Three quarters of employees now expect to work beyond age of 65

The proportion of UK employees who say they will work beyond the age of 65 has remained at three-quarters (72 percent) for the second year running, significantly higher than in 2016 (67 percent) and 2015 (61 percent), according to research from Canada Life. Nearly half (47 percent) of those who say they expect to work beyond 65 will be older than 70 before they retire, up from 37 percent in 2017, while almost a fifth (17 percent) expect to be older than 75. Workers aged 35-44 are most likely to say they expect to retire after their 75th birthday (27 percent).

A series of economic factors are driving employees to work for longer. Nine in 10 (90 percent) UK employees say that the rising cost of living is the main reason why they expect to work beyond 65 with 87 percent saying the same of poor returns on savings due to low interest rates, with consumers still yet to see last November’s interest rate rise passed on3, and 86 percent of employees point towards inflation.

Opinions remain divided about the UK’s ageing workforce as it brings a new set of challenges for workers to contend with. Over a third (36 percent) believe that an ageing workforce might mean that older workers will have to re-train or learn new skills to stay in work, while three in ten (30 percent) think it could make it harder for young people to move up the career ladder. But more than two fifths (41 percent) are positive that a mix of older and younger employees creates a workforce with a wider range of skills, which is beneficial for employees and employers alike.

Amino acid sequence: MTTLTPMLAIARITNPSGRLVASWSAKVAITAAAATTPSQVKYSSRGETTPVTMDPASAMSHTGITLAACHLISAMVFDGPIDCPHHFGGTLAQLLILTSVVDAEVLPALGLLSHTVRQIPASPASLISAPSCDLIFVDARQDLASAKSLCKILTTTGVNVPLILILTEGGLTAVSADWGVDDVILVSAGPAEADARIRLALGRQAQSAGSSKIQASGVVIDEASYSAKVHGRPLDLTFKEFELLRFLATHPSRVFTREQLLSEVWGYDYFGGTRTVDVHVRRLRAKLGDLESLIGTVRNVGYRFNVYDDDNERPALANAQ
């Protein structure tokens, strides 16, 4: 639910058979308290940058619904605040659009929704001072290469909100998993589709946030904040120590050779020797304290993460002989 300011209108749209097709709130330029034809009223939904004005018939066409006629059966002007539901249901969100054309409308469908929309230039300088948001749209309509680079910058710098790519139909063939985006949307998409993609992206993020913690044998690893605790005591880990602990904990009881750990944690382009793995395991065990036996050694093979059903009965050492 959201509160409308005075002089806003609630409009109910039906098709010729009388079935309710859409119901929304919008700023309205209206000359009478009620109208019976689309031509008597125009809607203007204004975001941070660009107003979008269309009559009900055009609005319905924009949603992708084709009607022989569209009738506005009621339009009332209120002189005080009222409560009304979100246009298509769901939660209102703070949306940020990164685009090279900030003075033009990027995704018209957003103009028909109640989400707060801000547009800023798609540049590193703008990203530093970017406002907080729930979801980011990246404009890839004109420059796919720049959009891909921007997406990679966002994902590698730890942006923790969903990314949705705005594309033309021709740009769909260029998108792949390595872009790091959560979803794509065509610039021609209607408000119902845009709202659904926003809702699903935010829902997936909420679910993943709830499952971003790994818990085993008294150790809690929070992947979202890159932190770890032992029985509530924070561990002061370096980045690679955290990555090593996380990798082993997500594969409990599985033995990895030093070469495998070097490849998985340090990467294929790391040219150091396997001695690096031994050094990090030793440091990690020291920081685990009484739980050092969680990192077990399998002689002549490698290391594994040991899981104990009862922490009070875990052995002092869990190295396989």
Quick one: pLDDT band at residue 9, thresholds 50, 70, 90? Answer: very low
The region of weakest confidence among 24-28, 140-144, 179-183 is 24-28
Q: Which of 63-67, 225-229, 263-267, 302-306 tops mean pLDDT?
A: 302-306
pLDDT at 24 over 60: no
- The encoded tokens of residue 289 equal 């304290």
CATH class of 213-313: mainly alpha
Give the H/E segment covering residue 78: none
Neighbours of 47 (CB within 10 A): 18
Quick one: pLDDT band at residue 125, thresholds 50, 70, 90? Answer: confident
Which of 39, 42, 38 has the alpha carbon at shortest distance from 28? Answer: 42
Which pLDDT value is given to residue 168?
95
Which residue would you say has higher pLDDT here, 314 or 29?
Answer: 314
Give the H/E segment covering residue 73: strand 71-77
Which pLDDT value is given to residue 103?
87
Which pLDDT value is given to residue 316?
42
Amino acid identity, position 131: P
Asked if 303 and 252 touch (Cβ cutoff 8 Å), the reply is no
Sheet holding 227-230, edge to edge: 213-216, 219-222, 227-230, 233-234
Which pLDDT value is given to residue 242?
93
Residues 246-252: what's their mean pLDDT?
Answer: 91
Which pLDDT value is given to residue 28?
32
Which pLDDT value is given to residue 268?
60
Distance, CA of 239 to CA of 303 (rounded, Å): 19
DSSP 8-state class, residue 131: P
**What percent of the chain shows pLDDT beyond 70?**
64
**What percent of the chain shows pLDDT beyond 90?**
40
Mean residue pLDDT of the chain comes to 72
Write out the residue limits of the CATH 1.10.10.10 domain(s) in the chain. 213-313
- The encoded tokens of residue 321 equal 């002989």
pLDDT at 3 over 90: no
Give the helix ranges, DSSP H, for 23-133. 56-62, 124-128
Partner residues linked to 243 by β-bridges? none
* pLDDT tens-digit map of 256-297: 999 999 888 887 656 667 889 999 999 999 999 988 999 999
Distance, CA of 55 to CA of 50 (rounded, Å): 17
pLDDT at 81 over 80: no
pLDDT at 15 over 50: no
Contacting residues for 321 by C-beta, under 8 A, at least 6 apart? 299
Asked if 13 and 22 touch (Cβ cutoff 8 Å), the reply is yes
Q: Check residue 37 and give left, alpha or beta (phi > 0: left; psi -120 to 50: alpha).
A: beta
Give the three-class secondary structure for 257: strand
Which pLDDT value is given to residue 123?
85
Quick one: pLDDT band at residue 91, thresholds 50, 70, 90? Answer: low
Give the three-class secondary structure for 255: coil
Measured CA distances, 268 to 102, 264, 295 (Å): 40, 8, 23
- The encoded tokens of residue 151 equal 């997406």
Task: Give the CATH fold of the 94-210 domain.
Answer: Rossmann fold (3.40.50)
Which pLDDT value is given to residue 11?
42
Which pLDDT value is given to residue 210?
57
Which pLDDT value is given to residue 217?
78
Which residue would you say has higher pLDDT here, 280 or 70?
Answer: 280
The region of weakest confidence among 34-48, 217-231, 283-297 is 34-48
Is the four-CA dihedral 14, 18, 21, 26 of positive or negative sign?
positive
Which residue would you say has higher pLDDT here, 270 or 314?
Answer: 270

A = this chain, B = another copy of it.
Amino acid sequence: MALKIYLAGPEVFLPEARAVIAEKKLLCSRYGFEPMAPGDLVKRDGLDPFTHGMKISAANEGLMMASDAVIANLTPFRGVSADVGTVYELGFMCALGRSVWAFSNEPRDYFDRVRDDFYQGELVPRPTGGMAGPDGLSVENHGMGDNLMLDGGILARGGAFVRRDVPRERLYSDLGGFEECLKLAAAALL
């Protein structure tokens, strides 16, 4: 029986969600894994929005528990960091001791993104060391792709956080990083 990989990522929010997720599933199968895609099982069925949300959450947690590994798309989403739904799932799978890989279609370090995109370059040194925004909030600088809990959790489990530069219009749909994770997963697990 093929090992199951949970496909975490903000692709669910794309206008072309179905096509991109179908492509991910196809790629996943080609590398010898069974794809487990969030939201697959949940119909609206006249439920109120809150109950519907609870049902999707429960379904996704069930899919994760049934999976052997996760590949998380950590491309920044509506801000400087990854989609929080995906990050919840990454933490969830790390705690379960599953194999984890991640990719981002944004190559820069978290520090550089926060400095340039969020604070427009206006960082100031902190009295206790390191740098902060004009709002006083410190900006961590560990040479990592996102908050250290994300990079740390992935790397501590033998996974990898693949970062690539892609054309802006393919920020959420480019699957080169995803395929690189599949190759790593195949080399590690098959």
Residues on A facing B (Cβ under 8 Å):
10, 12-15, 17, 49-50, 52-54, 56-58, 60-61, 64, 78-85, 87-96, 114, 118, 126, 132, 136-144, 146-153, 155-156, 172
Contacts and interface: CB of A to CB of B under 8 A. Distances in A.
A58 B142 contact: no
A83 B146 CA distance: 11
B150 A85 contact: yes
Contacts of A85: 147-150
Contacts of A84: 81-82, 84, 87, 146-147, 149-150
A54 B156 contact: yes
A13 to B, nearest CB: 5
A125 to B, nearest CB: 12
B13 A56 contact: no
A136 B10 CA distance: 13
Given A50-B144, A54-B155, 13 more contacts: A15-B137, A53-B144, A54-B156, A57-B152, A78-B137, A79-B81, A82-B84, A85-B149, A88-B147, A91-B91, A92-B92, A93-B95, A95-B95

This comes as just 6 percent think the government is helping to promote older workers however, down from one in ten (11 percent) following last year’s announcement of an increase in the state pension age.4 So far, only 13 percent think that employers are encouraging older employees to stay in the workplace, and little more than a sixth (15 percent) believe that older people are appreciated and respected in the working environment.

Support for older workers in the workplace can come in many different forms, but often the simplest are the most effective. Nearly half of employees (45 percent) think flexible working or part time opportunities are most important when it comes to supporting an ageing workforce. Out of those planning to work beyond state pension age, 60 percent say that they would be more likely to work for an employer that offered health and wellbeing benefits.

Paul Avis, Marketing Director of Canada Life Group Insurance, comments: “The combination of an increase in the cost of living, poor returns on savings and inflation continue to impact the UK’s retirement plans. This is the second year in a row that our findings indicate that more than 70 percent of the country’s workforce expect to work beyond the age of 65, and there is no sign that this trend will slow down any time soon. But even as an older workforce becomes more common, the stigma surrounding older workers is proving hard to shake. Employers now have the opportunity to capitalise on the skills of two or even three generations, but only if they address potential generational divides and the changing needs of their employees.”